ricotta tart with rhubarb compote

Happily, a younger generation is moving forward and places like Le Garde Robe and Spring, Frenchie, and Les Fines Gueules are part of this movement.

Vivant

Like a lot of the new places serving good, fresh food, in Paris, Vivant is small, intimate – and busy. So there’s no need to panic, but realize that the owners and chefs sometimes find themselves overwhelmed and are often working half in the kitchen and half in the dining room…and also juggling the reservations line.

On a whim, I unexpectedly picked up the phone shortly after my first meal here and made a reservation. My two French friends hadn’t dined there, and we had a great night, beginning with three glasses of (natural) sparkling white wine, then moving on to a plate of tissue-thin lardo served with nothing but flaky sea salt and cracked black pepper. Burrata, from the nearby Italian Coopérativa Latte Cisternino was amazing, doused in very good olive oil, which we devoured before we moved to our main course. If it’s on the menu, be sure to order it. Although it’s hard to go wrong with anything here.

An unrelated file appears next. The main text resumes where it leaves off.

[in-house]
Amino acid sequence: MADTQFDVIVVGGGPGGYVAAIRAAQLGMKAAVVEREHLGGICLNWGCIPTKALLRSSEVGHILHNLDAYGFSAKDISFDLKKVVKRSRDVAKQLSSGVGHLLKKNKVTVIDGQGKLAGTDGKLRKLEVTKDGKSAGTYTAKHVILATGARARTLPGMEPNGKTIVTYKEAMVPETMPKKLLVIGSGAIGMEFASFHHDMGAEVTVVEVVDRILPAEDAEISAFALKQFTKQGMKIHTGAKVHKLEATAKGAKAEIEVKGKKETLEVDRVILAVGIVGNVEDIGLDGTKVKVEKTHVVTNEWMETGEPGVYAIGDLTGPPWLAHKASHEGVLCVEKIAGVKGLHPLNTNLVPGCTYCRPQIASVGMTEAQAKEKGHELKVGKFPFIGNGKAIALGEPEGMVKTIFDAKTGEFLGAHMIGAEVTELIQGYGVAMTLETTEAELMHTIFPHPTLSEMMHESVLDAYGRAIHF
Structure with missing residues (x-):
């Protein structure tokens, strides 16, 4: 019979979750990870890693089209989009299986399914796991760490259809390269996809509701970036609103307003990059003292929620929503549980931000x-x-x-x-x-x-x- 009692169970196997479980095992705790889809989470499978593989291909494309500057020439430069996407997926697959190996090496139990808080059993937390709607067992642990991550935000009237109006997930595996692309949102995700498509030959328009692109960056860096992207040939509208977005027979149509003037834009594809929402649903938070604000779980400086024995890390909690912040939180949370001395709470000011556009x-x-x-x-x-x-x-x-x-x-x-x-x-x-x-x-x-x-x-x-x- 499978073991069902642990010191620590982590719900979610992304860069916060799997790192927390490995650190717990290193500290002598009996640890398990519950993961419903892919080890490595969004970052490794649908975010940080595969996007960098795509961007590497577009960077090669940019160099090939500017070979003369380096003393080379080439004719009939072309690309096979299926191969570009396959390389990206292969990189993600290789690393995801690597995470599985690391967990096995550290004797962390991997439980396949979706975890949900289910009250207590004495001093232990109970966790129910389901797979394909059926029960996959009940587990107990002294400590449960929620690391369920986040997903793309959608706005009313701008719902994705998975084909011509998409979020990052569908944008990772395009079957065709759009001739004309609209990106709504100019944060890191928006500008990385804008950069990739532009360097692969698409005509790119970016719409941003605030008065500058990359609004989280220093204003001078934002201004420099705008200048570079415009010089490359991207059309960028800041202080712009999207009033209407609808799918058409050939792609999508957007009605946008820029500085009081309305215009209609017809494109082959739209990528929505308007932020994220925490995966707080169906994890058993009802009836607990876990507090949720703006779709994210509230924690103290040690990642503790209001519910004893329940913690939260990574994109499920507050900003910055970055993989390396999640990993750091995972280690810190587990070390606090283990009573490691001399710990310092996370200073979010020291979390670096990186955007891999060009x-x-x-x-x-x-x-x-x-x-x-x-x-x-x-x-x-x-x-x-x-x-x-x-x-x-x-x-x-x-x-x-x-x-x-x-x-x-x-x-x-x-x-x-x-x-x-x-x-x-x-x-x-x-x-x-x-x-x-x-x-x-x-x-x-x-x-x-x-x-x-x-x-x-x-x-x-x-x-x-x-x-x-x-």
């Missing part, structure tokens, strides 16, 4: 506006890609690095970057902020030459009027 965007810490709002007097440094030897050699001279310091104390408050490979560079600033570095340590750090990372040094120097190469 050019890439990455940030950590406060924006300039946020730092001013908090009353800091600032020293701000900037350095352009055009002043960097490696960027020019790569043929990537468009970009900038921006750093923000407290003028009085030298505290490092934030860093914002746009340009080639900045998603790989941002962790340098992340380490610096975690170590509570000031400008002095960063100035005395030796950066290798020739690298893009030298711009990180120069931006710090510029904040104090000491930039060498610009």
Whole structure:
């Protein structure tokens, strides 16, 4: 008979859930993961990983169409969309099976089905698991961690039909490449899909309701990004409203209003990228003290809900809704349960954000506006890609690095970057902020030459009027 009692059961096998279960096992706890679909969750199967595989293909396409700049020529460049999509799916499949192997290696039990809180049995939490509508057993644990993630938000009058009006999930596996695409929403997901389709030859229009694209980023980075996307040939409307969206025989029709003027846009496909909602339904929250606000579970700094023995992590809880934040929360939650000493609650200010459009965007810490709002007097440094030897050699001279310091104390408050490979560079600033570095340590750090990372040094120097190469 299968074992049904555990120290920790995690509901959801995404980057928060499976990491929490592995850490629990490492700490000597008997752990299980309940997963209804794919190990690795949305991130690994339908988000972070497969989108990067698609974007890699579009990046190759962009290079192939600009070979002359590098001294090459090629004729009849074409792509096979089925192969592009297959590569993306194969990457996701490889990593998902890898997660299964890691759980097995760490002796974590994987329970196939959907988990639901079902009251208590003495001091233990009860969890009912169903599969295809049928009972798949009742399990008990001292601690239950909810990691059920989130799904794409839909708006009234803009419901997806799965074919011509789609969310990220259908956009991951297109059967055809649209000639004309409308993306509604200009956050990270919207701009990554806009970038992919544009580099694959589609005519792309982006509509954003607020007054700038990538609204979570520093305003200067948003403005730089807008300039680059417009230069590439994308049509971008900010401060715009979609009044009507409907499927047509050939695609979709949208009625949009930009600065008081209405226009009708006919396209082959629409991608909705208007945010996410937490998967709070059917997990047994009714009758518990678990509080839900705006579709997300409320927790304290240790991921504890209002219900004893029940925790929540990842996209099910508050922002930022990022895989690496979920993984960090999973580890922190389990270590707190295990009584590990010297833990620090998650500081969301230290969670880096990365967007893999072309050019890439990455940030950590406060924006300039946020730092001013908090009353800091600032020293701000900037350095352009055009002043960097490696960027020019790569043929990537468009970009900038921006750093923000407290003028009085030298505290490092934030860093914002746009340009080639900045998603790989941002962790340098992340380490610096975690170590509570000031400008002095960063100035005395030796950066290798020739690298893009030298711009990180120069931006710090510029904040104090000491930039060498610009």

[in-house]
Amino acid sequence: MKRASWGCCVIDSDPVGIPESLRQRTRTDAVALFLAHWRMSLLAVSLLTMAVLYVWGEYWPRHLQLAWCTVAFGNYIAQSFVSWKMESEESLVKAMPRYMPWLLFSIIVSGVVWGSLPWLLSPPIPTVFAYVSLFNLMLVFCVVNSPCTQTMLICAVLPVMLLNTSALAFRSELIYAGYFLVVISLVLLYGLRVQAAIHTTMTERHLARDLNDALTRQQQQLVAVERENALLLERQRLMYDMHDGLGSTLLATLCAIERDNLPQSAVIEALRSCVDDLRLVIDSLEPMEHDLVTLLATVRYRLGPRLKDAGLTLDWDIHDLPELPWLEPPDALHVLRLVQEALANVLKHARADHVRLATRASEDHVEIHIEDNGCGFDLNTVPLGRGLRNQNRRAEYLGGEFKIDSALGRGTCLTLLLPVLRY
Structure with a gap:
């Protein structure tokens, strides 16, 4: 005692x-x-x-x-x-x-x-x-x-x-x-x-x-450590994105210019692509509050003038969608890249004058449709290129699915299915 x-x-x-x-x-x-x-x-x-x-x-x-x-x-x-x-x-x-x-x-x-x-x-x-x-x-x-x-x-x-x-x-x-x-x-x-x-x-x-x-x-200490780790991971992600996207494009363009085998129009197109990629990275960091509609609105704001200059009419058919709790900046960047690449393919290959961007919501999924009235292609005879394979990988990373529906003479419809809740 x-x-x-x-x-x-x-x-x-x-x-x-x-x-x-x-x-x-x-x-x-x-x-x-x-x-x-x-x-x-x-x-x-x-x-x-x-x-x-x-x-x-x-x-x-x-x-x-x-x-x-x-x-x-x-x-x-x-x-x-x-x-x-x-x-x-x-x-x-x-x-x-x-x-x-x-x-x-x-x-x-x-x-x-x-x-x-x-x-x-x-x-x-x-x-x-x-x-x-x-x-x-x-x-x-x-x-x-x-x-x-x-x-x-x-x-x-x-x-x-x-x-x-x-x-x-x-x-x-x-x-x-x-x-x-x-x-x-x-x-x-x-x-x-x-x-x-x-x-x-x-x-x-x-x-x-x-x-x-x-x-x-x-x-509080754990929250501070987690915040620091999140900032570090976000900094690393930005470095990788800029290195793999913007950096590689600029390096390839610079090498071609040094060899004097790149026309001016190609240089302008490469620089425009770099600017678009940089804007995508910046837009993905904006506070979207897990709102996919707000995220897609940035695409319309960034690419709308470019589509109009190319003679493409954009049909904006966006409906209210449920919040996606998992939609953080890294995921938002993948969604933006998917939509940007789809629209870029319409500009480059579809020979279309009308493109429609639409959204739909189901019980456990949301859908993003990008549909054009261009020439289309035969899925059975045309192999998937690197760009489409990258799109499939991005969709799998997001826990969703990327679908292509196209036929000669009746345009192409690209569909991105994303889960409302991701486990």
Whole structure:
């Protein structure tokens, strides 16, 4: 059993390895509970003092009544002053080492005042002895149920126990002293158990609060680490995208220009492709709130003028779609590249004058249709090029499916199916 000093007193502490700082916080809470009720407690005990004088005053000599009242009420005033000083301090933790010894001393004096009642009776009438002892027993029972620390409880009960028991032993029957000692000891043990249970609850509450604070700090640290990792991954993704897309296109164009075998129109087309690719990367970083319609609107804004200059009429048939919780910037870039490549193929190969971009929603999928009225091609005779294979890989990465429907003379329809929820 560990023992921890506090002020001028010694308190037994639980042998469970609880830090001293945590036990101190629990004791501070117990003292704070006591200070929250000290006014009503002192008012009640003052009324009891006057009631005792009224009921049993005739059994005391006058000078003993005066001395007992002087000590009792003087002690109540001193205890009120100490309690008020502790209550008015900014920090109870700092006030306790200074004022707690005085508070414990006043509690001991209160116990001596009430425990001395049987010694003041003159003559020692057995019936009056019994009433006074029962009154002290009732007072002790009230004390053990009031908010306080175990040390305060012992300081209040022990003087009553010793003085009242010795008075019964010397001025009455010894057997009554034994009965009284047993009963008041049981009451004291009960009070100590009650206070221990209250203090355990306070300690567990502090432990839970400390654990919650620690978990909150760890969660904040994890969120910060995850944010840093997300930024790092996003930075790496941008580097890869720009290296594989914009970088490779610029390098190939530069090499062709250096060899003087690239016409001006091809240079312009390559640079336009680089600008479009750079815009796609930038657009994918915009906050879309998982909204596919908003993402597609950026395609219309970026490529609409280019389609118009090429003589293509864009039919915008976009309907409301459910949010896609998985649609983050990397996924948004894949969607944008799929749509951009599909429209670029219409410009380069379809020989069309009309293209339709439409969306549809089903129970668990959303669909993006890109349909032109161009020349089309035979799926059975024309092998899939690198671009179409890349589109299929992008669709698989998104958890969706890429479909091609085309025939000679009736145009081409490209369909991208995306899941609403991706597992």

Vivant
43, rue des Petites Ecuries (10th)
Tél: 01 42 46 43 55
Closed Saturday and Sunday


NOTES: I updated this post with pictures from a more recent dinner, so the descriptions in the article are from my first meal there. The pictures shown include browned white asparagus, cured pork belly with freshly ground black pepper, and an excellent pasta with eggplant and ricotta.